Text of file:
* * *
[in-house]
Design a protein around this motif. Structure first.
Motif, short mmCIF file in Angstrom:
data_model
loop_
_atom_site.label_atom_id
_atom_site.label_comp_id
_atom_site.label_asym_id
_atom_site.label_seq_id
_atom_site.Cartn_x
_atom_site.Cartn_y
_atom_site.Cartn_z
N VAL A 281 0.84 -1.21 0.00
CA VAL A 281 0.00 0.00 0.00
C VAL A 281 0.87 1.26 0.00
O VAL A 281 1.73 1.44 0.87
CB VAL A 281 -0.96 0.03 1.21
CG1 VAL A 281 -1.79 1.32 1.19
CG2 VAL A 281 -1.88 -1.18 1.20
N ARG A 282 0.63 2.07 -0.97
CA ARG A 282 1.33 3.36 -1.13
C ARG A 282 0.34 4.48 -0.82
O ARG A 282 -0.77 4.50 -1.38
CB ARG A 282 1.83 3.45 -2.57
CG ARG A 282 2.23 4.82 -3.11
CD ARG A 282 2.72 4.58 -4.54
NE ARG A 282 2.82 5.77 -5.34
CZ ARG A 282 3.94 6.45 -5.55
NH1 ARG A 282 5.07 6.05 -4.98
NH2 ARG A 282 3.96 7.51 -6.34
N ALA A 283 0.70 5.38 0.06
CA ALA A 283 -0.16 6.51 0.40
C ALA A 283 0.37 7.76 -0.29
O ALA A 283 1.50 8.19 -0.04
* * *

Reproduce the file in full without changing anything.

[in-house]
Design a protein around this motif. Structure first.
Motif, short mmCIF file in Angstrom:
data_model
loop_
_atom_site.label_atom_id
_atom_site.label_comp_id
_atom_site.label_asym_id
_atom_site.label_seq_id
_atom_site.Cartn_x
_atom_site.Cartn_y
_atom_site.Cartn_z
N VAL A 281 0.84 -1.21 0.00
CA VAL A 281 0.00 0.00 0.00
C VAL A 281 0.87 1.26 0.00
O VAL A 281 1.73 1.44 0.87
CB VAL A 281 -0.96 0.03 1.21
CG1 VAL A 281 -1.79 1.32 1.19
CG2 VAL A 281 -1.88 -1.18 1.20
N ARG A 282 0.63 2.07 -0.97
CA ARG A 282 1.33 3.36 -1.13
C ARG A 282 0.34 4.48 -0.82
O ARG A 282 -0.77 4.50 -1.38
CB ARG A 282 1.83 3.45 -2.57
CG ARG A 282 2.23 4.82 -3.11
CD ARG A 282 2.72 4.58 -4.54
NE ARG A 282 2.82 5.77 -5.34
CZ ARG A 282 3.94 6.45 -5.55
NH1 ARG A 282 5.07 6.05 -4.98
NH2 ARG A 282 3.96 7.51 -6.34
N ALA A 283 0.70 5.38 0.06
CA ALA A 283 -0.16 6.51 0.40
C ALA A 283 0.37 7.76 -0.29
O ALA A 283 1.50 8.19 -0.04